These displays of “CaymanKindness” are being demonstrated by people across the country, in all sectors – private, public and nonprofit. Here are just a few examples that have recently appeared within the pages of the Cayman Compass.
On the front of yesterday’s paper, we carried the news that a now-empty lot on West Bay Road, next to Coconut Joe’s restaurant, is the future site for Cayman HospiceCare. That charity, of course, is in the business of doing good year-round by providing end-of-life care to terminally ill people in Cayman.
The land for HospiceCare’s new facility is being donated by the Dart Group, while the money for the construction of the building itself was gathered from the broader community, most notably by Cayman’s “Marathon Man” Derek Haines, who raised $1.35 million for HospiceCare by running a series of six marathons in 2014.
Dart also appeared in yesterday’s paper for a separate contribution, this one a gift of two Land Rovers to Cayman’s volunteer Special Constabulary, to be used primarily for traffic enforcement and road safety initiatives.
In the same issue, we published news that Acts of Random Kindness has assisted hundreds of families by providing food vouchers in its annual “Giving is Receiving” campaign, which enables people to eat well at Christmas when they otherwise might have gone hungry. Meanwhile, Rotaract Blue got into the holiday spirit by distributing vouchers to assist Cayman students with the purchase of new pairs of shoes, in its “Put your Best Foot Forward” initiative.
Last week we ran a story about the Immigration Department’s efforts to spread Christmas joy by collecting toys and books to be given to children who had to spend the holiday inside the Cayman Islands Hospital’s pediatric ward. We’ve also written about staff at the Ministry of Community Affairs, Youth and Sports delivering gifts and singing carols to residents of the Family Resource Centre, Pines Retirement, Golden Age and Bonaventure Boys Homes, as part of the ministry’s “Give Back to the Community” initiative.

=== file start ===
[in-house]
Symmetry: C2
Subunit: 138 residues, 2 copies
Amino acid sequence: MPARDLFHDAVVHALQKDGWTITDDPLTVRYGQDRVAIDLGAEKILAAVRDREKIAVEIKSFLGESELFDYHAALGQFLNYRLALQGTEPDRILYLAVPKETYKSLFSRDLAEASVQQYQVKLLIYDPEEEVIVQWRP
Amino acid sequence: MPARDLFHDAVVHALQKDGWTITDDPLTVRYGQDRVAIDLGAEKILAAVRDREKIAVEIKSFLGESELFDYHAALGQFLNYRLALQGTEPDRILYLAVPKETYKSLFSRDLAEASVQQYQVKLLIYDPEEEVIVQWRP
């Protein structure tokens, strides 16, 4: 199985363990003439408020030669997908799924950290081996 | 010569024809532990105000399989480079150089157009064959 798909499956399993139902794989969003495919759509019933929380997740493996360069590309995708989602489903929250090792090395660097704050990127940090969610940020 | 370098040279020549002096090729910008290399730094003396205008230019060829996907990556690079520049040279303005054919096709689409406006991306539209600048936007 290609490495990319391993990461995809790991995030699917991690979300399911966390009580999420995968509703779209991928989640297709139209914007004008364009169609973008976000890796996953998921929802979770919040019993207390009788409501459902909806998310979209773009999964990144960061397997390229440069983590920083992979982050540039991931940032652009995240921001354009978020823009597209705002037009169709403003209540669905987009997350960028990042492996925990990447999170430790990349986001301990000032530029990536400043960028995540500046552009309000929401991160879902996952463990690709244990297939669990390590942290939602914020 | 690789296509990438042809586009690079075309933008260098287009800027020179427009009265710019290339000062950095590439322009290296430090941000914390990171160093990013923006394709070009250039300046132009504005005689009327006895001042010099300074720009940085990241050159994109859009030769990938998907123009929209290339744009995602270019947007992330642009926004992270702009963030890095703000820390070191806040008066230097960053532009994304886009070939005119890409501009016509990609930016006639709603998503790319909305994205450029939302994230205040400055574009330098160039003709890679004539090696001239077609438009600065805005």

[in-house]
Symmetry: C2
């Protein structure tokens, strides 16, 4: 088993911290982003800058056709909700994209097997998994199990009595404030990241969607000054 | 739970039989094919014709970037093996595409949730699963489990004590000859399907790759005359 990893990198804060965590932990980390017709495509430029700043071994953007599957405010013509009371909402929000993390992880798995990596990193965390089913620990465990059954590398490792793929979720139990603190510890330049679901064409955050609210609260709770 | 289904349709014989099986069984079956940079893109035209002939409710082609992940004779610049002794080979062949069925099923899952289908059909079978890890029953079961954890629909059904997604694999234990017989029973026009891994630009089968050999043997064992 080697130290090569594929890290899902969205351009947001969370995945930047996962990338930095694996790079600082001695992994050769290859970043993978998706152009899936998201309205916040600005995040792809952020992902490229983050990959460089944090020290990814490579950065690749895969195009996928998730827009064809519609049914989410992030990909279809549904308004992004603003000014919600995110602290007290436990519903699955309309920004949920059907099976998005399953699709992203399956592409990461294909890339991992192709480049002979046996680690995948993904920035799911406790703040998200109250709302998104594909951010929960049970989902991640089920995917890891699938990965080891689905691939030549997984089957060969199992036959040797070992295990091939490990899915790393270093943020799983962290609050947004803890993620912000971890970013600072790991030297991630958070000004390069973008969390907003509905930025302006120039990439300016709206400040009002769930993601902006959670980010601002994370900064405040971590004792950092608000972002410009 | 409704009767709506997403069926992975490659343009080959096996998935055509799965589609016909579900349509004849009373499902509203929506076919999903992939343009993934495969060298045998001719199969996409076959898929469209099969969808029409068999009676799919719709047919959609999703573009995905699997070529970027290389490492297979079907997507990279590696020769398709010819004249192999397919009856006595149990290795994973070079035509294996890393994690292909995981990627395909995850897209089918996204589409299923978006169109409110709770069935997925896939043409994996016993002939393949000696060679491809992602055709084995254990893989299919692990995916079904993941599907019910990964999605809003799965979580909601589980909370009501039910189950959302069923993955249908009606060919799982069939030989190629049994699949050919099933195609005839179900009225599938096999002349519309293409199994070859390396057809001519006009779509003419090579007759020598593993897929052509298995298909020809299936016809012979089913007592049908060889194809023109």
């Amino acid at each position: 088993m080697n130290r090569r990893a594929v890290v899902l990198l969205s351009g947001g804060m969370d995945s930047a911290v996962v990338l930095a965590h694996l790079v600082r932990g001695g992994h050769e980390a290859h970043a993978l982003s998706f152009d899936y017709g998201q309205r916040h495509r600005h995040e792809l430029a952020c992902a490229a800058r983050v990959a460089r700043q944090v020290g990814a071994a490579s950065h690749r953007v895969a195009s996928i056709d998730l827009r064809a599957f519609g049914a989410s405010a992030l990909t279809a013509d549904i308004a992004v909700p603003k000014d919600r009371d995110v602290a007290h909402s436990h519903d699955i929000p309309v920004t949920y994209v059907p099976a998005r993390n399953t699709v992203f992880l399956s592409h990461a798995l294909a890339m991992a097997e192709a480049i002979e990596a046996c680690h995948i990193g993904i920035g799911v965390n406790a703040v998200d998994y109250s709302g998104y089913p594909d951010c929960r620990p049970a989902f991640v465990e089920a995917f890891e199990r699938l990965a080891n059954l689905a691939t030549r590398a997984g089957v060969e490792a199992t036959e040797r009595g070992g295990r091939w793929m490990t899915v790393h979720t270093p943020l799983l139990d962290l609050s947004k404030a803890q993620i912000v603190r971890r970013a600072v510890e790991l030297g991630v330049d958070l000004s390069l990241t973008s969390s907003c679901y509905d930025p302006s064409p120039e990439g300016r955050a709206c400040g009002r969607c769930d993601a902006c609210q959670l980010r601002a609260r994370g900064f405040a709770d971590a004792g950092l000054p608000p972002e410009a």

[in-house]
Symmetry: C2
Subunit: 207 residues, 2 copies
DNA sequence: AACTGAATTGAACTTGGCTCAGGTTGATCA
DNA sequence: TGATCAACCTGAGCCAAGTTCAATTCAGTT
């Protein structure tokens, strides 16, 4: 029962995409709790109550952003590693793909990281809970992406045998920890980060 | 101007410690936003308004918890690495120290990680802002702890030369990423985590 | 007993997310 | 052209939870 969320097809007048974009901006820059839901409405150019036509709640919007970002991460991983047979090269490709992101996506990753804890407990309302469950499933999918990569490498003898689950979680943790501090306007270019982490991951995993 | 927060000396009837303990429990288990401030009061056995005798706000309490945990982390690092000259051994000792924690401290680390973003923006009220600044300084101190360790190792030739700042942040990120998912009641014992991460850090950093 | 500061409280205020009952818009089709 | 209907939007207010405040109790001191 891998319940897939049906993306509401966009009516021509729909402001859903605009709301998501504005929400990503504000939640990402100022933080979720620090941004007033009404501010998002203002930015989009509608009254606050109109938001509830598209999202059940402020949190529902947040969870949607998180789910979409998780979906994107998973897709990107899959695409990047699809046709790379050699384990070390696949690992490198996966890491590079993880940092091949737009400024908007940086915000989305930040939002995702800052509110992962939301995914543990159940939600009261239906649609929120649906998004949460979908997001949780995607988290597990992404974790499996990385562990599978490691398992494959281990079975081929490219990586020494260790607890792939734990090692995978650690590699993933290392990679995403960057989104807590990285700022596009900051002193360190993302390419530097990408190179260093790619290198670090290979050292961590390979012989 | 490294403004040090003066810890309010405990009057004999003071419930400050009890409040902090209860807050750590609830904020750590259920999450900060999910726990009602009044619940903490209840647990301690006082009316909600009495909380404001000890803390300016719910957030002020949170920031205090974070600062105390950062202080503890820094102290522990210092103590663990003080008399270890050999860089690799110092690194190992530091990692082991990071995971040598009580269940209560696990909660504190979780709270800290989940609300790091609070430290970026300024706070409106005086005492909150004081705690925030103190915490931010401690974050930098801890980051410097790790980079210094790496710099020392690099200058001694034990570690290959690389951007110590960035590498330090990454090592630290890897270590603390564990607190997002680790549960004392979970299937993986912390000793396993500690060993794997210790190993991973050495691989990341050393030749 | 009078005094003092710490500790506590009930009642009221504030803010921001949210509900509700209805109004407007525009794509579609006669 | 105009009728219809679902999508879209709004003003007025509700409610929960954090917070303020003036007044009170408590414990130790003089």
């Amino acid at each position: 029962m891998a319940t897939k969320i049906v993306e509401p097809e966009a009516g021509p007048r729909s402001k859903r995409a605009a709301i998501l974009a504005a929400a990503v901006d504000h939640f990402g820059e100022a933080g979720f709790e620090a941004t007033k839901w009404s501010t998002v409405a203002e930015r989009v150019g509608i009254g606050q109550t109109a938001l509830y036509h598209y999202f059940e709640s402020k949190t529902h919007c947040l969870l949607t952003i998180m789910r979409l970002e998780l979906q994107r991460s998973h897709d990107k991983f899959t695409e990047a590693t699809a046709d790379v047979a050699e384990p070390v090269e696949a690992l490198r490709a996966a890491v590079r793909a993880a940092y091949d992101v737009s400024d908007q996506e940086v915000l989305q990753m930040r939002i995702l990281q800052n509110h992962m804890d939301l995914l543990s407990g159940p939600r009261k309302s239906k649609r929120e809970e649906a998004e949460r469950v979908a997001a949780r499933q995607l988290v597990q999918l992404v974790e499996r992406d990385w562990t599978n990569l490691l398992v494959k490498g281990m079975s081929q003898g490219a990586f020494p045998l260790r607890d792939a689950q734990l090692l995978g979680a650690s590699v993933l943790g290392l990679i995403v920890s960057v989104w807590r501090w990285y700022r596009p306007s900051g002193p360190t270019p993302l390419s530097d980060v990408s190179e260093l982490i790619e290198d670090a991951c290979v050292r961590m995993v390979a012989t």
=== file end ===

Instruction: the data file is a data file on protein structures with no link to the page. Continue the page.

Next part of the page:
About 700 people signed up to participate in the government’s Community Enhancement Project, which provides one-to-three weeks of paid work to Caymanians looking to earn cash, raise their spirits or develop job skills around Christmas time. While we do not necessarily agree with the government’s strategy, and have questions about any long-term benefits of the Christmas cleanup, there is no denying that in the short term, the hundreds of people participating in the program sincerely appreciate the opportunity being provided.
The above, of course, is just a very small sample of the charitable efforts on display in the Cayman community during the holidays. Our first instinct is to express regrets that we do not have the space to include more than a handful of the good deeds being performed in our country. Our second thought, however, is that we cannot feel sorry about there being so very many worthy organizations and individuals in Cayman that merit recognition for their attempts to spread joy in the community.
Although it is impossible for us to list each of them by name, we express our gratitude and appreciation for their efforts collectively. Thank you, and keep up the good work.